Junk Boating and Investing

Ahh, Hong Kong summer…hot, sweaty and gross, just the way we hate it. But at least we can all find refuge on a junk boat. Well, sort of. There are many factors that contribute to your experience at sea on one of these 6-hour(!) outings. Some factors you can control (e.g., who you invite, how much you drink), some you try to control (who other people invite, how much your spouse drinks), and some you can’t possibly control – notably the weather. It’s how you handle the uncontrollable factors that makes all the difference. Case in point: my most recent junk boat trip one rainy, rocky, T1 Saturday in July.

As a co-host of the junk boat, I wanted everyone to have a fabulous time, despite the Gilligan’s Island/S.S. Minnow conditions. But what I observed – in my cheap prosecco haze – is that it really wasn’t the weather that mattered. It was an individual’s attitude towards the weather that was make-or-break…much like an investor’s reaction to a bout of market volatility. Two archetypes unfolded:

1) The Panic Seller: Riddled with nausea, this guest wants off the boat NOW. He/she is fixated on the waves and is antisocial at best. As far as he/she is concerned, it is a day lost at sea.

2) The Big Picture Thinker: This more seasoned junk boater knows the key to avoiding motion sickness is to focus his/her gaze on the horizon. 15-foot waves? Pff – this too shall pass.

And so it did. By the afternoon, the floaties were floating and the free flow was flowing. Even the Panic Sellers found something to talk about other than the shortcomings of the Hong Kong Observatory.

As investors, we should all aspire to be Big Picture Thinkers. When markets are choppy, it’s my job as a wealth manager to convince you to stay invested and avoid selling at the wrong time. This means shifting your gaze from daily market fluctuations (waves) to a much longer-term perspective (horizon).

Take the performance of the global equity market since January 2000 for example¹ . If you focus solely on the monthly fluctuations (waves), you would be hard-pressed to stay invested during the rough times, as seen in the chart on the top.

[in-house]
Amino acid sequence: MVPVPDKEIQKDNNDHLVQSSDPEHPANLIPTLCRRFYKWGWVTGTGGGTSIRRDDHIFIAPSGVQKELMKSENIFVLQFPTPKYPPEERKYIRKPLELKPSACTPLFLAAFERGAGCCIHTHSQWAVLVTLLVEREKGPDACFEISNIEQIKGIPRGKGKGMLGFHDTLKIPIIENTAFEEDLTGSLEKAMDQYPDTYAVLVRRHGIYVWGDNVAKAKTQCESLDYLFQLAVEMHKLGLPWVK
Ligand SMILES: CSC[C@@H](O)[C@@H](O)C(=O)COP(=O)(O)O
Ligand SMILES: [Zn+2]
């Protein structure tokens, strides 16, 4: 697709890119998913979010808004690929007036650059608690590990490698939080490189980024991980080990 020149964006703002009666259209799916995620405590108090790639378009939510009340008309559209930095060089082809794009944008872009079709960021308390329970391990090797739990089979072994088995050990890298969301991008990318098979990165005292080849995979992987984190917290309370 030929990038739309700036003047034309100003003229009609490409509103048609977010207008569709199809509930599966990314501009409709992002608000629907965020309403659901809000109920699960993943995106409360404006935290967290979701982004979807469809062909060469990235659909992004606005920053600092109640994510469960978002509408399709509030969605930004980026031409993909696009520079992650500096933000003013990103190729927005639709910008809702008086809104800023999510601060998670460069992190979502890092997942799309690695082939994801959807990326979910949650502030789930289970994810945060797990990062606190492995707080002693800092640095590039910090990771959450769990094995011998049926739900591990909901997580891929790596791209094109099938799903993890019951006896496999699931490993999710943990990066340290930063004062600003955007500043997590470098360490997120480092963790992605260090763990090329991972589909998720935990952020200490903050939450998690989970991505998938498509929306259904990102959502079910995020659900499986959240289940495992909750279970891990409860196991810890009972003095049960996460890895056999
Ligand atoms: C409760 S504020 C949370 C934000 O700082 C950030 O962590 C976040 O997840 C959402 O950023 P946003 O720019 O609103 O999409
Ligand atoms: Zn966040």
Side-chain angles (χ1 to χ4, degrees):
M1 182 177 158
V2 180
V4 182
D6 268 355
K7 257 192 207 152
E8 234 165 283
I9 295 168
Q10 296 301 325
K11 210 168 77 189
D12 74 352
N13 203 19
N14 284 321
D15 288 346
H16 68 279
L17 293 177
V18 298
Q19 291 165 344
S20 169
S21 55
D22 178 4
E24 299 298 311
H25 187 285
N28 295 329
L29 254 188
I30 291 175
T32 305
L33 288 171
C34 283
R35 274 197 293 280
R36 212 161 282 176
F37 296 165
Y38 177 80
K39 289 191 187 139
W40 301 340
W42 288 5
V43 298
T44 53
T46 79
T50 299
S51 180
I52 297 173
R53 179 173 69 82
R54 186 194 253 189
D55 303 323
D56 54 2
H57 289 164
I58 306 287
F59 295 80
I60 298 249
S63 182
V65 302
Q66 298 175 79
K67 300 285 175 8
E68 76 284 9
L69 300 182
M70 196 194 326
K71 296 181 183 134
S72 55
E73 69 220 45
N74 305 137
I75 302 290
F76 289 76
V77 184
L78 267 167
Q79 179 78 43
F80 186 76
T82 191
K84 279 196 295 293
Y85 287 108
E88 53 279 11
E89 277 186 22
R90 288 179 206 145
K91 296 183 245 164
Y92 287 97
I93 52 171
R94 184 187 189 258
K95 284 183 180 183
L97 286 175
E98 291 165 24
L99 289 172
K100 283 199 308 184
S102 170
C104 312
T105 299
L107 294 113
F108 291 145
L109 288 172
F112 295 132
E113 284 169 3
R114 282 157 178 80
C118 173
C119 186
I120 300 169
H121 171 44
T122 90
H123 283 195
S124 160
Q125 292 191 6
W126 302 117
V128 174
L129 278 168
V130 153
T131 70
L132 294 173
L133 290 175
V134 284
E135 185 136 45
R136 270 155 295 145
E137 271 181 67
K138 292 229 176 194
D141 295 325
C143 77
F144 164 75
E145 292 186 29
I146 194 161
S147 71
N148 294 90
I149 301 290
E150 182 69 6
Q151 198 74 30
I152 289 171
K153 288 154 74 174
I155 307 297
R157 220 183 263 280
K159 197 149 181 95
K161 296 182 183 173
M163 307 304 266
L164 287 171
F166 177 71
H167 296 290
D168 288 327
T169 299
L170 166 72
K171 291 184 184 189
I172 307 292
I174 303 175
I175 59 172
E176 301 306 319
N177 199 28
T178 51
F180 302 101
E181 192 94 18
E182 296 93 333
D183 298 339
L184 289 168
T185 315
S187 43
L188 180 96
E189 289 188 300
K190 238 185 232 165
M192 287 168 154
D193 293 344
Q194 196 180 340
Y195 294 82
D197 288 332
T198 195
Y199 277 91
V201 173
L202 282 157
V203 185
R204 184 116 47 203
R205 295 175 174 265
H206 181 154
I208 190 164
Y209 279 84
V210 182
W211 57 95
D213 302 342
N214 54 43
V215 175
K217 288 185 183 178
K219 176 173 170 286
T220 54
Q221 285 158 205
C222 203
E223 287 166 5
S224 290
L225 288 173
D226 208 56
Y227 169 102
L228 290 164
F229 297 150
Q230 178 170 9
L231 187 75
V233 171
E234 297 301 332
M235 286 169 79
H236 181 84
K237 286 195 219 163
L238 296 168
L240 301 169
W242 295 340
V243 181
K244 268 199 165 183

The other (better) way, is to focus on how much your wealth can grow if you stay invested, as shown in the ‘horizon’ chart on the bottom. Ten thousand dollars invested in global equities since January 2000 would have more than doubled by the end of July 2018. Better yet, if you stick with this discipline, you will have a guaranteed source of bragging rights for many junk boat seasons to come!

 

The Waves

The Horizon

 

¹ MSCI All Country World Index (USD, net div). Source: Dimensional Fund Advisors.

Winter is Coming?

It’s hard to imagine that there is much value left in US and other developed nations’ equities.  The Global Financial Crisis (GFC) ended in March 2009 and with it, the last bear market.  The current bull market is about to enter it’s ninth year.  According to the National Bureau of Economic Research, since 1945 there have been eleven business cycles as measured from peak to trough.  The average cycle has lasted 5 ½ years.  Furthermore, the average bull market has been 97 months (8 years).  While the average duration for a bear market since the 1930s has been 18 months.  With that backdrop, it’s an interesting time to be investing in equities.

Drown Out The Noise – You Are Smarter Than You Think

I spent a couple days earlier this week at an investment conference. Whilst there, I was reminded of the volumes of empirical evidence supporting our investment philosophy. It was reassuring and affirming.  Even though I’m “in the business,” I’m not immune to the noise that is everywhere.  Talking heads on TV telling us which stocks are winners; newspapers telling us the sky is falling; co-workers telling us how great their investments are the greatest thing since sliced bread. These distractions are ever-present, and it takes true resolve to not be swayed by these externalities. Clients will often ask what we think of a particular event (How will Brexit impact me?) or security (Should I buy some Apple?) or perceived future risk (But what if Trump is elected?).  These questions are relevant and valid, but they shouldn’t cause you to deviate from your long-term strategy.

Should I Stay or Should I Go?

The title is from the British punk rock group, The Clash. However, it feels very relevant in today’s stock market environment. We have investors constantly enquiring as to when and if they should sell out of the market. It’s easy to understand this question, especially as this year is off to a horrible start. But, before doing anything, first try to understand what’s happening in the world. First and foremost, the global economy is still growing, even if its rate of growth is less than the “experts” believe. Take for instance the US, Banks and individuals are supposedly carrying a lot less debt now than they were. Therefore, if that’s the case, they should have more “rainy day” funds on hand if the downturn worsens.